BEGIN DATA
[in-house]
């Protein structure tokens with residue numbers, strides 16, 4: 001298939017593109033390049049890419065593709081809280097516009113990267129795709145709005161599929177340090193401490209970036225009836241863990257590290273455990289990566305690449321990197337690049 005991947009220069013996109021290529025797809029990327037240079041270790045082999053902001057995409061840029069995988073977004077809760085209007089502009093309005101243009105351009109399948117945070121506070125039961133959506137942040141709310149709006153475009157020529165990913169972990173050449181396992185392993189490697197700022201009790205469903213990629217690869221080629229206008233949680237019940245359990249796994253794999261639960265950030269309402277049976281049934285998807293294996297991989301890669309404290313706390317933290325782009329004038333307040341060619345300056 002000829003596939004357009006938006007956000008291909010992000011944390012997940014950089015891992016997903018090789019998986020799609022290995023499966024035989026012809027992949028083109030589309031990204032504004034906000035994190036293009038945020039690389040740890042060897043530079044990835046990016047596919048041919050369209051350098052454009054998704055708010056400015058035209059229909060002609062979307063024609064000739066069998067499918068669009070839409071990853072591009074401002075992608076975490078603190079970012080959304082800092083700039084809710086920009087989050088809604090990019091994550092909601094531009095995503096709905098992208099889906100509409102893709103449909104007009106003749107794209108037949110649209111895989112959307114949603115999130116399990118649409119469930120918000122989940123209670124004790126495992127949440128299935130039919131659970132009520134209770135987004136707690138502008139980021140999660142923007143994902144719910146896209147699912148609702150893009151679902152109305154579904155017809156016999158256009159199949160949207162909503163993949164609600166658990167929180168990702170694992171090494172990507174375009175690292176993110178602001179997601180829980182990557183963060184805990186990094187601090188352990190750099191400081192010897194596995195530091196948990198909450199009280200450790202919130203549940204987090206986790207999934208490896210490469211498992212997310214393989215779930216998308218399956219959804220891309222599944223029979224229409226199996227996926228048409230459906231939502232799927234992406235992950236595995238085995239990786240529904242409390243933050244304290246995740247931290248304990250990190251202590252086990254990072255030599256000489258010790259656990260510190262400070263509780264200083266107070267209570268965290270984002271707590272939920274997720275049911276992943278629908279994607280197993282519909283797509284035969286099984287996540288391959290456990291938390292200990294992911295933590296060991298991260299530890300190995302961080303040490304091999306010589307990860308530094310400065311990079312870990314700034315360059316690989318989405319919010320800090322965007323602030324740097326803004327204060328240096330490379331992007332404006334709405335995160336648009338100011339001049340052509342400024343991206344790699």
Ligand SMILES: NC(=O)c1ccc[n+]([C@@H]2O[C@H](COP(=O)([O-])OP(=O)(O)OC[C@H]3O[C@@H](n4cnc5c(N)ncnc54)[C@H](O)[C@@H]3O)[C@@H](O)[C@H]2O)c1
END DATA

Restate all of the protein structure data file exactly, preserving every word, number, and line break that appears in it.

[in-house]
């Protein structure tokens with residue numbers, strides 16, 4: 001298939017593109033390049049890419065593709081809280097516009113990267129795709145709005161599929177340090193401490209970036225009836241863990257590290273455990289990566305690449321990197337690049 005991947009220069013996109021290529025797809029990327037240079041270790045082999053902001057995409061840029069995988073977004077809760085209007089502009093309005101243009105351009109399948117945070121506070125039961133959506137942040141709310149709006153475009157020529165990913169972990173050449181396992185392993189490697197700022201009790205469903213990629217690869221080629229206008233949680237019940245359990249796994253794999261639960265950030269309402277049976281049934285998807293294996297991989301890669309404290313706390317933290325782009329004038333307040341060619345300056 002000829003596939004357009006938006007956000008291909010992000011944390012997940014950089015891992016997903018090789019998986020799609022290995023499966024035989026012809027992949028083109030589309031990204032504004034906000035994190036293009038945020039690389040740890042060897043530079044990835046990016047596919048041919050369209051350098052454009054998704055708010056400015058035209059229909060002609062979307063024609064000739066069998067499918068669009070839409071990853072591009074401002075992608076975490078603190079970012080959304082800092083700039084809710086920009087989050088809604090990019091994550092909601094531009095995503096709905098992208099889906100509409102893709103449909104007009106003749107794209108037949110649209111895989112959307114949603115999130116399990118649409119469930120918000122989940123209670124004790126495992127949440128299935130039919131659970132009520134209770135987004136707690138502008139980021140999660142923007143994902144719910146896209147699912148609702150893009151679902152109305154579904155017809156016999158256009159199949160949207162909503163993949164609600166658990167929180168990702170694992171090494172990507174375009175690292176993110178602001179997601180829980182990557183963060184805990186990094187601090188352990190750099191400081192010897194596995195530091196948990198909450199009280200450790202919130203549940204987090206986790207999934208490896210490469211498992212997310214393989215779930216998308218399956219959804220891309222599944223029979224229409226199996227996926228048409230459906231939502232799927234992406235992950236595995238085995239990786240529904242409390243933050244304290246995740247931290248304990250990190251202590252086990254990072255030599256000489258010790259656990260510190262400070263509780264200083266107070267209570268965290270984002271707590272939920274997720275049911276992943278629908279994607280197993282519909283797509284035969286099984287996540288391959290456990291938390292200990294992911295933590296060991298991260299530890300190995302961080303040490304091999306010589307990860308530094310400065311990079312870990314700034315360059316690989318989405319919010320800090322965007323602030324740097326803004327204060328240096330490379331992007332404006334709405335995160336648009338100011339001049340052509342400024343991206344790699």
Ligand SMILES: NC(=O)c1ccc[n+]([C@@H]2O[C@H](COP(=O)([O-])OP(=O)(O)OC[C@H]3O[C@@H](n4cnc5c(N)ncnc54)[C@H](O)[C@@H]3O)[C@@H](O)[C@H]2O)c1